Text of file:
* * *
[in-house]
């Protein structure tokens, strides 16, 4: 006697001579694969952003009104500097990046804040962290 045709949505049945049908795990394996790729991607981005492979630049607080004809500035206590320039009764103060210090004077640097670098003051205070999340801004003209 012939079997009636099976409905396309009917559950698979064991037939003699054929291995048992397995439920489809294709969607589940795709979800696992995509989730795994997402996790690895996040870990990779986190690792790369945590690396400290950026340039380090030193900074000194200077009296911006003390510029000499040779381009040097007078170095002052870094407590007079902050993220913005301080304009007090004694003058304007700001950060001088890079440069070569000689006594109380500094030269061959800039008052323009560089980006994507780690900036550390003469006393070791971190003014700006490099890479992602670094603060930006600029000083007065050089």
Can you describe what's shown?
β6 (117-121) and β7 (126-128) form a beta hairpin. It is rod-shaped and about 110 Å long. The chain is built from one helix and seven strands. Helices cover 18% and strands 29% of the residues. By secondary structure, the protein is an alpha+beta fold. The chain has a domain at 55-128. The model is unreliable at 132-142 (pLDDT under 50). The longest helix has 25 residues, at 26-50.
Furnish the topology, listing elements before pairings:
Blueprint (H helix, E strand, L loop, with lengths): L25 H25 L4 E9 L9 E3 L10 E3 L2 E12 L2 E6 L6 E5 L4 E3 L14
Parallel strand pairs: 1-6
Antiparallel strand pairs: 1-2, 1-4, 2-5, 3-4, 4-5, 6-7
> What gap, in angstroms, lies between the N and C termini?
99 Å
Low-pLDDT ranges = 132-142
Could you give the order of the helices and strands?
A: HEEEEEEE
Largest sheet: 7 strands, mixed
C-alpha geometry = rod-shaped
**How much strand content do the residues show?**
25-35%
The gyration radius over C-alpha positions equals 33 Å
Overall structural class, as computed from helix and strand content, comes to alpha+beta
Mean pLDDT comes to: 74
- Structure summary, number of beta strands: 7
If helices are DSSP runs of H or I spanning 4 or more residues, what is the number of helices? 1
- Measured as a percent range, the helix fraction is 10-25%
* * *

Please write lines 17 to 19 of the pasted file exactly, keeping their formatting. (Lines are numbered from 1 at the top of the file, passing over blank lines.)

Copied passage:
25-35%
The gyration radius over C-alpha positions equals 33 Å
Overall structural class, as computed from helix and strand content, comes to alpha+beta